Curtis began acting in frivolous movies that exploited his handsome physique and appealing personality then steadily moved to more substantial roles, starting in 1957 in the harrowing show business tale, “Sweet Smell of Success.”

In 1958, “The Defiant Ones” brought him an Academy Award nomination as best actor for his portrayal of a white racist who escaped from prison handcuffed to a black man played by Sidney Poitier.

The following year, Curtis donned women’s clothing and sparred with Marilyn Monroe in one of the most acclaimed film comedies ever, Billy Wilder’s “Some Like It Hot.”

“He was a fine actor … I shall miss him,” said British actor Roger Moore, who starred alongside Curtis in TV’s “The Persuaders.”

“He was great fun to work with, a great sense of humor and wonderful ad libs,” Moore told Sky News. “We had the best of times.”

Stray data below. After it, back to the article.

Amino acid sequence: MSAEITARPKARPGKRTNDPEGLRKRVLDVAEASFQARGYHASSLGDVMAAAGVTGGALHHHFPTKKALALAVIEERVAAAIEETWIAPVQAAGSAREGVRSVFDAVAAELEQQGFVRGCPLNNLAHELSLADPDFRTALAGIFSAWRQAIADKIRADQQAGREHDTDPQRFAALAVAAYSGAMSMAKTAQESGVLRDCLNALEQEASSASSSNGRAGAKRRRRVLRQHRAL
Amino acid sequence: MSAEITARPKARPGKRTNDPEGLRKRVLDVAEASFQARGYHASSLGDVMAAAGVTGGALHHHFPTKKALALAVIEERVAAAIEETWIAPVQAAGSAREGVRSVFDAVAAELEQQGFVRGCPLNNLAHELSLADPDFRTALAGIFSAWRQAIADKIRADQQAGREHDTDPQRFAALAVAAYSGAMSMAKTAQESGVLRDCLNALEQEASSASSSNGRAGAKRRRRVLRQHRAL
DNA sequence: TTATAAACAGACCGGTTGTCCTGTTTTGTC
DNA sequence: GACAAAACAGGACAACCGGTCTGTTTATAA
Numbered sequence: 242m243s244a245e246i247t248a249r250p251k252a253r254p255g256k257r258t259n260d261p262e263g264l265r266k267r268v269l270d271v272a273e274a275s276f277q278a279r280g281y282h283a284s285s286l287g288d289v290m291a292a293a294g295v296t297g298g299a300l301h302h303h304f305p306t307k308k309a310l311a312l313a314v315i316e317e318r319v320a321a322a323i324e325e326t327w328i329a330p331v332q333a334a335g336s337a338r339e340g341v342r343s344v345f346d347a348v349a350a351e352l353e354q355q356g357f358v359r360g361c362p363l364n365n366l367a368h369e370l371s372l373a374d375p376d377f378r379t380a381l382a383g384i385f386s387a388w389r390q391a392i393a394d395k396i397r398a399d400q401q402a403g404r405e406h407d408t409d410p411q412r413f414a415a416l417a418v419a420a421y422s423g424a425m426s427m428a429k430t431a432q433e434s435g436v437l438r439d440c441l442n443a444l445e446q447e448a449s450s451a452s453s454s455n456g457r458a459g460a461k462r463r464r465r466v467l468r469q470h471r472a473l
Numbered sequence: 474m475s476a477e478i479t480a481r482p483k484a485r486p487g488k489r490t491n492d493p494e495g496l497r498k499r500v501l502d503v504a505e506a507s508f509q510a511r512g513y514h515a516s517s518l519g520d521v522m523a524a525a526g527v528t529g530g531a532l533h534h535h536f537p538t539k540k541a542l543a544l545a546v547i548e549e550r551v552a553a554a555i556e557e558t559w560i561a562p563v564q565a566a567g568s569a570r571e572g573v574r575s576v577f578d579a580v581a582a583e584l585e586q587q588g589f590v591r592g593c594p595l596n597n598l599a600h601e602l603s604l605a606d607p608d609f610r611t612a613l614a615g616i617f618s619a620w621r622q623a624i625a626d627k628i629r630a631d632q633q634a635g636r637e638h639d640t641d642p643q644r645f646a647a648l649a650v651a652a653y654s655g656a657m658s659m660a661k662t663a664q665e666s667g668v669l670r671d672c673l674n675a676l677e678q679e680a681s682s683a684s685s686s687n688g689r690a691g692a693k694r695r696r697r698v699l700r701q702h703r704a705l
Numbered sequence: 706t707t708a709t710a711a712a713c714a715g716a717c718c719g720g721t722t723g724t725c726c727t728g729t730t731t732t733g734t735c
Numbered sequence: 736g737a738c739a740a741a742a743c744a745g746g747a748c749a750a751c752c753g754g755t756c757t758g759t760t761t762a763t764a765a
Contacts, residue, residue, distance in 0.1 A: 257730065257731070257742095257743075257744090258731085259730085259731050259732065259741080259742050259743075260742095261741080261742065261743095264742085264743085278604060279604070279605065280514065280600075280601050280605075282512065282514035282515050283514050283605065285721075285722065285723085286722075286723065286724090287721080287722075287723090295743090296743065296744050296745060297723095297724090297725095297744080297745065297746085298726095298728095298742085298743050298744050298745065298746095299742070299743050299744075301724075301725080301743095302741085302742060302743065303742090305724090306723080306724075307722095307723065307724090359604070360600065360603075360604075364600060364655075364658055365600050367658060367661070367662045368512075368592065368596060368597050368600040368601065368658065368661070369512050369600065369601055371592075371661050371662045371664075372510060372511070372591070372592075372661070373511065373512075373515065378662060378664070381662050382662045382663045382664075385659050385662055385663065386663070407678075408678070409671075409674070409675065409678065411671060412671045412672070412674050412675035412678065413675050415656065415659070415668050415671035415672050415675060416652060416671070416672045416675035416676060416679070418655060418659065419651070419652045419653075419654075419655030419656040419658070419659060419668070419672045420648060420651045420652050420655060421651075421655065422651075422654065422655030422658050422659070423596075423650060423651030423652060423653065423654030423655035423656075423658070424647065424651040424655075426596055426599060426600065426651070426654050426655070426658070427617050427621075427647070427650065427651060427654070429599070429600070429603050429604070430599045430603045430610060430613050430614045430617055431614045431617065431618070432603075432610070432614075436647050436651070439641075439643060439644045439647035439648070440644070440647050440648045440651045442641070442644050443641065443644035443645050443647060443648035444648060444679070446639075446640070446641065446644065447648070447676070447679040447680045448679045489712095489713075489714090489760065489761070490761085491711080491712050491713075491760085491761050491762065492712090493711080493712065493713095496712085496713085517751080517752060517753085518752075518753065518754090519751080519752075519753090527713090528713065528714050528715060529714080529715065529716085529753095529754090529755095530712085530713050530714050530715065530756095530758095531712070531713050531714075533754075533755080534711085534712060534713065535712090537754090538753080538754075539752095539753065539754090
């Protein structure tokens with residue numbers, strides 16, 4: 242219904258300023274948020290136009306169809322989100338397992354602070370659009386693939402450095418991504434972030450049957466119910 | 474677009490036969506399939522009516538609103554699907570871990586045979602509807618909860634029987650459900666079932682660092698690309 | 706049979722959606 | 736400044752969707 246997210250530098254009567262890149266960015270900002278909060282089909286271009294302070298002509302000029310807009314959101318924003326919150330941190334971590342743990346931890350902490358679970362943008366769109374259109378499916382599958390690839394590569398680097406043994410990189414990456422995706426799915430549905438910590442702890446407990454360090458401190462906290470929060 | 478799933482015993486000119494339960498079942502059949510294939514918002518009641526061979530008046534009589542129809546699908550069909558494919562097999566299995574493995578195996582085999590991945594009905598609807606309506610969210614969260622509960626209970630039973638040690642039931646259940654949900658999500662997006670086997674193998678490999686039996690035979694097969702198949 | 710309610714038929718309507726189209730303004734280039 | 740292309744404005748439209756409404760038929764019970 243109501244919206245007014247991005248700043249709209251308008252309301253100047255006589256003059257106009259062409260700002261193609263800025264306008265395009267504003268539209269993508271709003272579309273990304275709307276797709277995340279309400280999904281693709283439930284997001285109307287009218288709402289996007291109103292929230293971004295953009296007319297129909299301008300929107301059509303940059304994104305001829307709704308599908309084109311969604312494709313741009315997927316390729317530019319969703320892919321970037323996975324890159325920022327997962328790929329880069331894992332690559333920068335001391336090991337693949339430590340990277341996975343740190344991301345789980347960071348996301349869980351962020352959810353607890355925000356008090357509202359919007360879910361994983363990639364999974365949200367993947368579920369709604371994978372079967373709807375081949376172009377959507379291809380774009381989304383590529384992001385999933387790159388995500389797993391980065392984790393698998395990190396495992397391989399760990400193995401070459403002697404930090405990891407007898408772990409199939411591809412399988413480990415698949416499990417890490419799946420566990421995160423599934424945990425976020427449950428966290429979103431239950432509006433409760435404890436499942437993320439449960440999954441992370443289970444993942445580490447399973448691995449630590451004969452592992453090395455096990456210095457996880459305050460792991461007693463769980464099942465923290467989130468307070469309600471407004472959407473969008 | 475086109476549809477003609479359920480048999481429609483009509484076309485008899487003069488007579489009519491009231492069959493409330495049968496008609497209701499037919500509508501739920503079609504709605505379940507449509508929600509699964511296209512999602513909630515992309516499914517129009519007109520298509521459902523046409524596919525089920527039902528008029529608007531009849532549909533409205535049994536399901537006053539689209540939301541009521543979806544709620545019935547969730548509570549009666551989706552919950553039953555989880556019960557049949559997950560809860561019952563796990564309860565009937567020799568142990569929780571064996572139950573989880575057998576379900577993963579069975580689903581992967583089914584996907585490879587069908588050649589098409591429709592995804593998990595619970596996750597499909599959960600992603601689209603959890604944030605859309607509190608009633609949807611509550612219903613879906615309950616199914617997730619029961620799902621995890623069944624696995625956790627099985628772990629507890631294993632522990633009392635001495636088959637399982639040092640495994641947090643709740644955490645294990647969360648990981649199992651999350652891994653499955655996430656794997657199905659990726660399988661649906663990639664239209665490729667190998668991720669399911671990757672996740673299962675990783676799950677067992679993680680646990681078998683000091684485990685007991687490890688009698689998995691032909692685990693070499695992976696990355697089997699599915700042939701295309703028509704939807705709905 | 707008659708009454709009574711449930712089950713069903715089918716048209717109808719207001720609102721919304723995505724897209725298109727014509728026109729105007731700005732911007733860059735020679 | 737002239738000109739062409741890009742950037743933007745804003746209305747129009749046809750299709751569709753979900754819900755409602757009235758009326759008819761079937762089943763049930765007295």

Curtis’ first wife was actress Janet Leigh of “Psycho” fame; actress Jamie Lee Curtis is their daughter.

“My father leaves behind a legacy of great performances in movies and in his paintings and assemblages,” Jamie Lee Curtis said in a statement. “He leaves behind children and their families who loved him and respected him and a wife and in-laws who were devoted to him. He also leaves behind fans all over the world.”

Curtis struggled against drug and alcohol abuse as starring roles became fewer then bounced back in film and television as a character actor.

His brash optimism returned, and he allowed his once-shiny black hair to turn silver.

Again he came back after even those opportunities began to wane, reinventing himself as a writer and painter whose canvasses sold for as much as $20,000.

“I’m not ready to settle down like an elderly Jewish gentleman, sitting on a bench and leaning on a cane,” he said at 60. “I’ve got a helluva lot of living to do.”

Actress and activist Marlo Thomas said she was saddened that Curtis’ death so closely followed the Sept. 22 death in Berkeley, Calif., of Eddie Fisher, a superstar singer of the 1950s.